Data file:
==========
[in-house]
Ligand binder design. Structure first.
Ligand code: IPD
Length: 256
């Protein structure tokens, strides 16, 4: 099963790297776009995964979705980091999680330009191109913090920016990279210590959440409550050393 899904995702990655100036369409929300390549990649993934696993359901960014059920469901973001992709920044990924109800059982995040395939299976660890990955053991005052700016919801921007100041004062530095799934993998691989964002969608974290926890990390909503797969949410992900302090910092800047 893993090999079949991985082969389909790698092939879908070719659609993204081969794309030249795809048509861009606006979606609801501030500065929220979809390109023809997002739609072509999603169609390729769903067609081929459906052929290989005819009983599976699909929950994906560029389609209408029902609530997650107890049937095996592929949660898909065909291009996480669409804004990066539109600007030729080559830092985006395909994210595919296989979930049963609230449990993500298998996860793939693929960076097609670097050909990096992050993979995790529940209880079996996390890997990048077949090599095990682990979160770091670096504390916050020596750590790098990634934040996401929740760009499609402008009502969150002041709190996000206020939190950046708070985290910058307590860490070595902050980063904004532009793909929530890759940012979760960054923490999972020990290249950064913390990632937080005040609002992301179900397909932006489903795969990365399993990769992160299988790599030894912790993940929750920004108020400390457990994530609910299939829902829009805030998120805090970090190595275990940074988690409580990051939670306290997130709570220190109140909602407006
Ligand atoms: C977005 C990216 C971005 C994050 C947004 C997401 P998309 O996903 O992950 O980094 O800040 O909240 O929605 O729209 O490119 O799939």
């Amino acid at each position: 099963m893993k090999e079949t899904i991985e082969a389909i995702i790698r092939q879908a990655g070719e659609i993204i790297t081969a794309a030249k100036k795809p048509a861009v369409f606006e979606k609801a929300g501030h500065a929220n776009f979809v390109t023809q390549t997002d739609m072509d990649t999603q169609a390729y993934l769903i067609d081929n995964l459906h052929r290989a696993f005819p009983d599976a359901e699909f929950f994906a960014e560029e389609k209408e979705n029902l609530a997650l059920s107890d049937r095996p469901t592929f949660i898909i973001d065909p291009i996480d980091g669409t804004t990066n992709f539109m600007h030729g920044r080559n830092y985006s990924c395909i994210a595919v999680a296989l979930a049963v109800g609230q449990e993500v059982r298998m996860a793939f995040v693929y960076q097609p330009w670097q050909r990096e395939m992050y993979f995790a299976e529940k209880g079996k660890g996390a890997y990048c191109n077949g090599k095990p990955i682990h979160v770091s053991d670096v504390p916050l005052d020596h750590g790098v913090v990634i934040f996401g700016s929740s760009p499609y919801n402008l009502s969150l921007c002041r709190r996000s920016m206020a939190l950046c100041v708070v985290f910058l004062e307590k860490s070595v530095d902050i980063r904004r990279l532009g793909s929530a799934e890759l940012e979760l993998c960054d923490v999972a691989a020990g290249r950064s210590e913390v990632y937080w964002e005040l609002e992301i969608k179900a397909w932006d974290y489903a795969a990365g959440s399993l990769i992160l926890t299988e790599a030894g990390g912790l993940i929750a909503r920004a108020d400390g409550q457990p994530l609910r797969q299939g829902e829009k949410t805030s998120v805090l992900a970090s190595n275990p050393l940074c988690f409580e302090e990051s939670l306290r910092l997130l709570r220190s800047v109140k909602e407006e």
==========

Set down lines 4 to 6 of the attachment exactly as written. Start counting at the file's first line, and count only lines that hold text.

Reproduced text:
Length: 256
């Protein structure tokens, strides 16, 4: 099963790297776009995964979705980091999680330009191109913090920016990279210590959440409550050393 899904995702990655100036369409929300390549990649993934696993359901960014059920469901973001992709920044990924109800059982995040395939299976660890990955053991005052700016919801921007100041004062530095799934993998691989964002969608974290926890990390909503797969949410992900302090910092800047 893993090999079949991985082969389909790698092939879908070719659609993204081969794309030249795809048509861009606006979606609801501030500065929220979809390109023809997002739609072509999603169609390729769903067609081929459906052929290989005819009983599976699909929950994906560029389609209408029902609530997650107890049937095996592929949660898909065909291009996480669409804004990066539109600007030729080559830092985006395909994210595919296989979930049963609230449990993500298998996860793939693929960076097609670097050909990096992050993979995790529940209880079996996390890997990048077949090599095990682990979160770091670096504390916050020596750590790098990634934040996401929740760009499609402008009502969150002041709190996000206020939190950046708070985290910058307590860490070595902050980063904004532009793909929530890759940012979760960054923490999972020990290249950064913390990632937080005040609002992301179900397909932006489903795969990365399993990769992160299988790599030894912790993940929750920004108020400390457990994530609910299939829902829009805030998120805090970090190595275990940074988690409580990051939670306290997130709570220190109140909602407006
Ligand atoms: C977005 C990216 C971005 C994050 C947004 C997401 P998309 O996903 O992950 O980094 O800040 O909240 O929605 O729209 O490119 O799939």